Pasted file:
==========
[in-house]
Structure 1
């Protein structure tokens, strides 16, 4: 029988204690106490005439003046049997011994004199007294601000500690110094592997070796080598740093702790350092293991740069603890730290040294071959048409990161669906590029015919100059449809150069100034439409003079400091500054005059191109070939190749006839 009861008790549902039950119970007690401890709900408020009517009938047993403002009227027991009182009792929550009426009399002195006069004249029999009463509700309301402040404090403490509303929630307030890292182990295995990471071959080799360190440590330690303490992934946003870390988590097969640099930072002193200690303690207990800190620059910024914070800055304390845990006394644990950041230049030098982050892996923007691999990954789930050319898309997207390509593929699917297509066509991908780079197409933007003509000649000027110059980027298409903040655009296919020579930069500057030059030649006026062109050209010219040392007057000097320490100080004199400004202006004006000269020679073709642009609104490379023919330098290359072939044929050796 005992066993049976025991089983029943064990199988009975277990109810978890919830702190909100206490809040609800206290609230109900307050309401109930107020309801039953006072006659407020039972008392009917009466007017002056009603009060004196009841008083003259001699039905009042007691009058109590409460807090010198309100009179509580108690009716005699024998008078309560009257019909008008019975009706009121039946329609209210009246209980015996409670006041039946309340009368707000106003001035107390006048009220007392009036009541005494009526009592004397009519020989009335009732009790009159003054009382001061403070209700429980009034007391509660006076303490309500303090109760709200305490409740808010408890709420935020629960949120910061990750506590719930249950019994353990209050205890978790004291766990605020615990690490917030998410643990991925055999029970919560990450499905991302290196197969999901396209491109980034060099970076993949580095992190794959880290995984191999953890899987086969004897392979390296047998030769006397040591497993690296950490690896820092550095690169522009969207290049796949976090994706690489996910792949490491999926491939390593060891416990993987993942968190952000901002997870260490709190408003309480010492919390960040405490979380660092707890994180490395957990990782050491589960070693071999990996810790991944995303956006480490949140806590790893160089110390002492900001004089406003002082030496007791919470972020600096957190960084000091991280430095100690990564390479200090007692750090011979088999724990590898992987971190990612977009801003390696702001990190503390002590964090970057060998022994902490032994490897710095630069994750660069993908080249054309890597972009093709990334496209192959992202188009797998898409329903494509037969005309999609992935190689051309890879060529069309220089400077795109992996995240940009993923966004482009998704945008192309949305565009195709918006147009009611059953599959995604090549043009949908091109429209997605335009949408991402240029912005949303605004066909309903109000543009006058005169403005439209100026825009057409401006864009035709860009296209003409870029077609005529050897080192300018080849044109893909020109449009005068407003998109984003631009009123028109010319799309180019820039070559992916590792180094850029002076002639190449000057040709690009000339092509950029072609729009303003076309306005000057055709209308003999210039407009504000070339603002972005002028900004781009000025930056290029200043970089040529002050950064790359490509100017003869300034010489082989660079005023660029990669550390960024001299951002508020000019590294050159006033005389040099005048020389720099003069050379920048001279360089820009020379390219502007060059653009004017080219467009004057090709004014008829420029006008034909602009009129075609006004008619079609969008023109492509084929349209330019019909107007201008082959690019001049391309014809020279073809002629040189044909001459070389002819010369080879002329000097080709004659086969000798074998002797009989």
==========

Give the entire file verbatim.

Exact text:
[in-house]
Structure 1
């Protein structure tokens, strides 16, 4: 029988204690106490005439003046049997011994004199007294601000500690110094592997070796080598740093702790350092293991740069603890730290040294071959048409990161669906590029015919100059449809150069100034439409003079400091500054005059191109070939190749006839 009861008790549902039950119970007690401890709900408020009517009938047993403002009227027991009182009792929550009426009399002195006069004249029999009463509700309301402040404090403490509303929630307030890292182990295995990471071959080799360190440590330690303490992934946003870390988590097969640099930072002193200690303690207990800190620059910024914070800055304390845990006394644990950041230049030098982050892996923007691999990954789930050319898309997207390509593929699917297509066509991908780079197409933007003509000649000027110059980027298409903040655009296919020579930069500057030059030649006026062109050209010219040392007057000097320490100080004199400004202006004006000269020679073709642009609104490379023919330098290359072939044929050796 005992066993049976025991089983029943064990199988009975277990109810978890919830702190909100206490809040609800206290609230109900307050309401109930107020309801039953006072006659407020039972008392009917009466007017002056009603009060004196009841008083003259001699039905009042007691009058109590409460807090010198309100009179509580108690009716005699024998008078309560009257019909008008019975009706009121039946329609209210009246209980015996409670006041039946309340009368707000106003001035107390006048009220007392009036009541005494009526009592004397009519020989009335009732009790009159003054009382001061403070209700429980009034007391509660006076303490309500303090109760709200305490409740808010408890709420935020629960949120910061990750506590719930249950019994353990209050205890978790004291766990605020615990690490917030998410643990991925055999029970919560990450499905991302290196197969999901396209491109980034060099970076993949580095992190794959880290995984191999953890899987086969004897392979390296047998030769006397040591497993690296950490690896820092550095690169522009969207290049796949976090994706690489996910792949490491999926491939390593060891416990993987993942968190952000901002997870260490709190408003309480010492919390960040405490979380660092707890994180490395957990990782050491589960070693071999990996810790991944995303956006480490949140806590790893160089110390002492900001004089406003002082030496007791919470972020600096957190960084000091991280430095100690990564390479200090007692750090011979088999724990590898992987971190990612977009801003390696702001990190503390002590964090970057060998022994902490032994490897710095630069994750660069993908080249054309890597972009093709990334496209192959992202188009797998898409329903494509037969005309999609992935190689051309890879060529069309220089400077795109992996995240940009993923966004482009998704945008192309949305565009195709918006147009009611059953599959995604090549043009949908091109429209997605335009949408991402240029912005949303605004066909309903109000543009006058005169403005439209100026825009057409401006864009035709860009296209003409870029077609005529050897080192300018080849044109893909020109449009005068407003998109984003631009009123028109010319799309180019820039070559992916590792180094850029002076002639190449000057040709690009000339092509950029072609729009303003076309306005000057055709209308003999210039407009504000070339603002972005002028900004781009000025930056290029200043970089040529002050950064790359490509100017003869300034010489082989660079005023660029990669550390960024001299951002508020000019590294050159006033005389040099005048020389720099003069050379920048001279360089820009020379390219502007060059653009004017080219467009004057090709004014008829420029006008034909602009009129075609006004008619079609969008023109492509084929349209330019019909107007201008082959690019001049391309014809020279073809002629040189044909001459070389002819010369080879002329000097080709004659086969000798074998002797009989």